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Nervy politicians, unsure voters and wary investors

Updated: 2016-11-09 10:22
By Ahmed Ilahi (chinadaily.com.cn)

It was never meant to be a close call. If anything, this American election was expected to be more a coronation than a contest. Except opinion polls conducted over the weekend and throughout the past week show Donald Trump scrambling back into electoral contention. While his Democratic opponent and her supporters maintain an air of outer calm, there's no doubt they are worried. And they are not the only ones. Fears of a Trump victory on Tuesday have gripped wary investors and pushed back against a rising dollar. Traditional currency and bullion safe havens have strengthened in recent days and are expected to continue their upward climb through Election Day. This inhibits an otherwise resurgent greenback and threatens to reverse gains made on the back of a weak Euro, volatile Pound and bullish Fed. Worst case, a continued decline in the US currency could potentially imperil an anticipated interest rate hike this December.

Much like the Yen and the Franc, Gold has also gained as a result of the tightening race. In the previous week alone, it crossed the $1,300 mark. Market analysts now warn of a climb to $1,400 in the event of a Trump win and a decline of $20 to $30 if Hillary Clinton is able to stave off his challenge. While it has an outsized impact on the price of the bullion, the American electorate is not alone in driving gold prices. A weak Yuan and recent restrictions on real estate speculation in China also have a part to play. In an effort to diversify, Chinese investors have increased their holdings of the bullion. In fact, shipments of gold from Switzerland to China in the month of October equaled 35.5 tons—a sharp increase from the previous monthly total of 19.9 tons.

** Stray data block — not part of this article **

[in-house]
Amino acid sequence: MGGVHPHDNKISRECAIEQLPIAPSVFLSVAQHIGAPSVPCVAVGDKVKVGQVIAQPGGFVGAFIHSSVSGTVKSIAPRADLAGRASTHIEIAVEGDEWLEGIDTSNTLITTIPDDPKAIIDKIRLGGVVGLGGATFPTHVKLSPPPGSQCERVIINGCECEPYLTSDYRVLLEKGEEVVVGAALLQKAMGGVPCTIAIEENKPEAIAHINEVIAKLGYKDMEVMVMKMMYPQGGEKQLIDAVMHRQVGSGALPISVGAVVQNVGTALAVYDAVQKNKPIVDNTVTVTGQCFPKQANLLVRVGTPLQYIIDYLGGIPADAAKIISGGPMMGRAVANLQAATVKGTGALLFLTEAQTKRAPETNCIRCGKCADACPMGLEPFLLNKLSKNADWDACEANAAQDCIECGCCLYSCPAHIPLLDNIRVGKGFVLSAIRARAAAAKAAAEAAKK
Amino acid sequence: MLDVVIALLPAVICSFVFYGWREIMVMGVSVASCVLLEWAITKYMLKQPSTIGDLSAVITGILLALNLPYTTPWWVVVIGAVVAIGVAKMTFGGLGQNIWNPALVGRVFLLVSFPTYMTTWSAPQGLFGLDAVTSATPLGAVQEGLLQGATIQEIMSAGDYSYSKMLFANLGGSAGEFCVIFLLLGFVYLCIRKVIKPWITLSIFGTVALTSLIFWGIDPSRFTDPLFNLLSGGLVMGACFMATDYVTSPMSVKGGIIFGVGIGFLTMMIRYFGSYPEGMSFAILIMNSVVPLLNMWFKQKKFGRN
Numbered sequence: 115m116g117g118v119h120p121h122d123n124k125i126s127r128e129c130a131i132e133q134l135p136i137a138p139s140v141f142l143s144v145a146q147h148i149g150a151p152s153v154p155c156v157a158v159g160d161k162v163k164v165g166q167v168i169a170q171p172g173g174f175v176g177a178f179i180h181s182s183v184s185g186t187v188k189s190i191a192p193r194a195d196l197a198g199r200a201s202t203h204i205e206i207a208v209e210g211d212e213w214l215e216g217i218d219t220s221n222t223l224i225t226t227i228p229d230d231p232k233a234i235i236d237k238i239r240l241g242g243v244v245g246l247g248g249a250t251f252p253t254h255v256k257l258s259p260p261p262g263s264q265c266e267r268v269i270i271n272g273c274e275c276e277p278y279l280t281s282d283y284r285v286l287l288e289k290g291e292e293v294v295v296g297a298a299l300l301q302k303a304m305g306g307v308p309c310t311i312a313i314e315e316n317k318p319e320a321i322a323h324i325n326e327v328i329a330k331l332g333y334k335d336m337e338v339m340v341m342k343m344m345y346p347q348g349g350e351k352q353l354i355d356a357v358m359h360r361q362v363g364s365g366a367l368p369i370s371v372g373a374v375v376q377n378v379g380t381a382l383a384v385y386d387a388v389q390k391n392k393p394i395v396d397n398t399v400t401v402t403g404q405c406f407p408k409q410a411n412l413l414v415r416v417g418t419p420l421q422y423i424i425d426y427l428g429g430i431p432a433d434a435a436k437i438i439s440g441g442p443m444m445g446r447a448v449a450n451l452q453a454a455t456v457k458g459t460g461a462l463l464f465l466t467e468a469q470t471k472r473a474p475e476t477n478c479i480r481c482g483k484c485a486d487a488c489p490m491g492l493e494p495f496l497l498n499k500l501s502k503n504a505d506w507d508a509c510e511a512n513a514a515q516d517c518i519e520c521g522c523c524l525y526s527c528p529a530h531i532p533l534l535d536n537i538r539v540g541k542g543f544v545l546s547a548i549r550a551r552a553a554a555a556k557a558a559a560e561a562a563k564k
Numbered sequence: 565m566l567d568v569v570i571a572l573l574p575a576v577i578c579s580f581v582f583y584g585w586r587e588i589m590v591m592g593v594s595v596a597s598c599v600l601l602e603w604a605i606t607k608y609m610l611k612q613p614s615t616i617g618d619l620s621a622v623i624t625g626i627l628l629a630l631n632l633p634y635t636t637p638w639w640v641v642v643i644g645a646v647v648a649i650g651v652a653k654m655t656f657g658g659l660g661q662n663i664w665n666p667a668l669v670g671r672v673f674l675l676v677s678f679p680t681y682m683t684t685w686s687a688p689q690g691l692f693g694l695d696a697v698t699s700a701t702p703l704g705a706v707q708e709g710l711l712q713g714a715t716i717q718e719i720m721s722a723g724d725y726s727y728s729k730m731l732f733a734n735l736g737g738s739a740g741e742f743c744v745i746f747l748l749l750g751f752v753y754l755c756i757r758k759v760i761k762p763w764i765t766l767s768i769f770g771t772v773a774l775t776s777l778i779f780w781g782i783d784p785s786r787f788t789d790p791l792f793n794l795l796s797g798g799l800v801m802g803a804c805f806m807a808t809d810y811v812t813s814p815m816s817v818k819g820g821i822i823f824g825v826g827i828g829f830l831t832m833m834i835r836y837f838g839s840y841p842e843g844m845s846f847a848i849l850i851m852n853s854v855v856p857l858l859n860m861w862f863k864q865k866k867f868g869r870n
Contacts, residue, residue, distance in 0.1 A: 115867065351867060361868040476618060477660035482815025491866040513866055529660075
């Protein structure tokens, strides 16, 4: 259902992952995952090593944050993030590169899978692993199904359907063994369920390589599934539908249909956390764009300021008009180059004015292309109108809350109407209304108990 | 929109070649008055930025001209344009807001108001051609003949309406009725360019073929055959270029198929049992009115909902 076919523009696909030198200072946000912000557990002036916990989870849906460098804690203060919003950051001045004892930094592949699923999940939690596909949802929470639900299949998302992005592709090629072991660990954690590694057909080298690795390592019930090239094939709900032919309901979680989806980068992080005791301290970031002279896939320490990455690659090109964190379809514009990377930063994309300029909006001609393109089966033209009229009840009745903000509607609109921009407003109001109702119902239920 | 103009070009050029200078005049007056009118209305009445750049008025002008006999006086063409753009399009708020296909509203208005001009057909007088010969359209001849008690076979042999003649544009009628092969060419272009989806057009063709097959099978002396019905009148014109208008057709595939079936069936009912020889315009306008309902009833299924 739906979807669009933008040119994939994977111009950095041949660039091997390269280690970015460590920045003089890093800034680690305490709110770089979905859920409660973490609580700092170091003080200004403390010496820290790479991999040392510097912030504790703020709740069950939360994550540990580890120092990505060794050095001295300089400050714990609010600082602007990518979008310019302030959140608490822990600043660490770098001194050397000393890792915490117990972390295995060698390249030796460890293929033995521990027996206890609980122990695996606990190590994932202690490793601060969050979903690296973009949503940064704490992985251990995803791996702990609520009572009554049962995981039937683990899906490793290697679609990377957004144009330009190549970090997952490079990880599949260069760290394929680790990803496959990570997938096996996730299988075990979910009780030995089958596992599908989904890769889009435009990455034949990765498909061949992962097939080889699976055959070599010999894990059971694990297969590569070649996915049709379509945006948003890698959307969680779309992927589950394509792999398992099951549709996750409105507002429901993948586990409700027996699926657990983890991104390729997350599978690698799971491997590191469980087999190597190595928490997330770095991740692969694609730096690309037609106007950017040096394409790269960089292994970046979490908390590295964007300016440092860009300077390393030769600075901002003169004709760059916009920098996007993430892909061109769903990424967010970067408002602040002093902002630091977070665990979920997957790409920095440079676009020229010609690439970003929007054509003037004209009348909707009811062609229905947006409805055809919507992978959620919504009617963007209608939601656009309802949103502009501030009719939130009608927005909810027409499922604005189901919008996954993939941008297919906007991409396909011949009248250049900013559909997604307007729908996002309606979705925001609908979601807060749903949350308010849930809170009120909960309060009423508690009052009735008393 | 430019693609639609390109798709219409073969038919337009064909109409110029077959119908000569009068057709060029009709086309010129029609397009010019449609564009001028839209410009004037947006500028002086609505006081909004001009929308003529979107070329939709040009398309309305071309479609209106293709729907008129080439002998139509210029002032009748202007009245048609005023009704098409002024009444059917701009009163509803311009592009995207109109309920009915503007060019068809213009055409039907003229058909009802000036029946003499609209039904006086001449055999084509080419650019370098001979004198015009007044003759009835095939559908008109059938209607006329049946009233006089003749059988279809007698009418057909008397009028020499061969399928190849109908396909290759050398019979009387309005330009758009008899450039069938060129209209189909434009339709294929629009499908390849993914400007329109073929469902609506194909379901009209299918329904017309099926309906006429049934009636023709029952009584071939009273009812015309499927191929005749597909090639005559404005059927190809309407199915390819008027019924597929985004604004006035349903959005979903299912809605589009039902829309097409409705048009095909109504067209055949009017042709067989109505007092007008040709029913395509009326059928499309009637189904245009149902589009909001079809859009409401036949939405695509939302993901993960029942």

While dollar and gold prices have fluctuated in the recent past, crude oil appears stuck in a rut. Hamstrung by chronic excess in inventory, crude closed at $46.35 a barrel this past week. The bearish trend was only to be expected; OPEC efforts to cut production have proved decidedly futile. If anything, falling revenues in many member states have resulted in higher than normal production rates. Saudi Arabia, Libya, Nigeria and Angola have all dialed up production in recent months while Iran and Iraq have already signaled an unwillingness to freeze, let alone cut back on production. There is little hope then of non-OPEC members reducing output. Declining investment in upstream oil and gas exploration is perhaps the best indication of an industry pessimistic about its short term future.

A flailing dollar may have complicated the outlook for American capital markets but it has bolstered the Renminbi—and market analysts anticipate a more favorable environment for both the Chinese economy and its currency later this year. Despite fears of an impending slowdown, GDP grew at a rate of 7% from March to August. Bloomberg reports indicate rising Purchasing Manager Indices, increased profit taking for industrial enterprises, and a more robust demand for iron ore and copper (traditionally the fuel for Chinese infrastructure expansion).

So in the days and weeks ahead, the PBOC will have to balance the benefit of a growing economy against the inherent risk of speculative investments and asset bubbles. After the stock market collapse last year, policymakers are by all accounts likely to tread nothing but a conservative path to growth. But before any of that becomes front page news, all attention here in Asia and indeed throughout the world remains firmly and unflinchingly on the American Presidential Election—and well it should.

The writer is a freelance contributor with an interest in global markets and geopolitics.

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